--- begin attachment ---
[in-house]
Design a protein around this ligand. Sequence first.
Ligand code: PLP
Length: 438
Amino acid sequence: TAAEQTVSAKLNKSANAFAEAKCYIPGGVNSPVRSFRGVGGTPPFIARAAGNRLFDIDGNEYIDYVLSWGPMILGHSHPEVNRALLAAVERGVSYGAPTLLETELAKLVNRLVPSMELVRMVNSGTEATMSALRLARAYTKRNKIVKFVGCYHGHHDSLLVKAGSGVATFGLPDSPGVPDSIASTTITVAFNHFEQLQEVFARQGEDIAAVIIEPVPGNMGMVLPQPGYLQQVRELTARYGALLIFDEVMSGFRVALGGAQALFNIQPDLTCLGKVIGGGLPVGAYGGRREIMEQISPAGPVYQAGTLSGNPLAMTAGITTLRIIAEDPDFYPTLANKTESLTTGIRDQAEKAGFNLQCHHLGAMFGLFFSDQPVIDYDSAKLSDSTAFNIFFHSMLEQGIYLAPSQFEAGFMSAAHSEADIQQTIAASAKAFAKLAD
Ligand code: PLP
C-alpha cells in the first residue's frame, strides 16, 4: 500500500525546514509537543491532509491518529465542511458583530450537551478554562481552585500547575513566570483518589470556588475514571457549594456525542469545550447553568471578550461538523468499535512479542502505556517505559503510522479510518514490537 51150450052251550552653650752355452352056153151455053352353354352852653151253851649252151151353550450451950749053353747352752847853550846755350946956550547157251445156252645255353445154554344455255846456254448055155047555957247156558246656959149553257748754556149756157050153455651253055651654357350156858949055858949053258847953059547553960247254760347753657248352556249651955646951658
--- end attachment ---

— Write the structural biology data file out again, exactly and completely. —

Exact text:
[in-house]
Design a protein around this ligand. Sequence first.
Ligand code: PLP
Length: 438
Amino acid sequence: TAAEQTVSAKLNKSANAFAEAKCYIPGGVNSPVRSFRGVGGTPPFIARAAGNRLFDIDGNEYIDYVLSWGPMILGHSHPEVNRALLAAVERGVSYGAPTLLETELAKLVNRLVPSMELVRMVNSGTEATMSALRLARAYTKRNKIVKFVGCYHGHHDSLLVKAGSGVATFGLPDSPGVPDSIASTTITVAFNHFEQLQEVFARQGEDIAAVIIEPVPGNMGMVLPQPGYLQQVRELTARYGALLIFDEVMSGFRVALGGAQALFNIQPDLTCLGKVIGGGLPVGAYGGRREIMEQISPAGPVYQAGTLSGNPLAMTAGITTLRIIAEDPDFYPTLANKTESLTTGIRDQAEKAGFNLQCHHLGAMFGLFFSDQPVIDYDSAKLSDSTAFNIFFHSMLEQGIYLAPSQFEAGFMSAAHSEADIQQTIAASAKAFAKLAD
Ligand code: PLP
C-alpha cells in the first residue's frame, strides 16, 4: 500500500525546514509537543491532509491518529465542511458583530450537551478554562481552585500547575513566570483518589470556588475514571457549594456525542469545550447553568471578550461538523468499535512479542502505556517505559503510522479510518514490537 51150450052251550552653650752355452352056153151455053352353354352852653151253851649252151151353550450451950749053353747352752847853550846755350946956550547157251445156252645255353445154554344455255846456254448055155047555957247156558246656959149553257748754556149756157050153455651253055651654357350156858949055858949053258847953059547553960247254760347753657248352556249651955646951658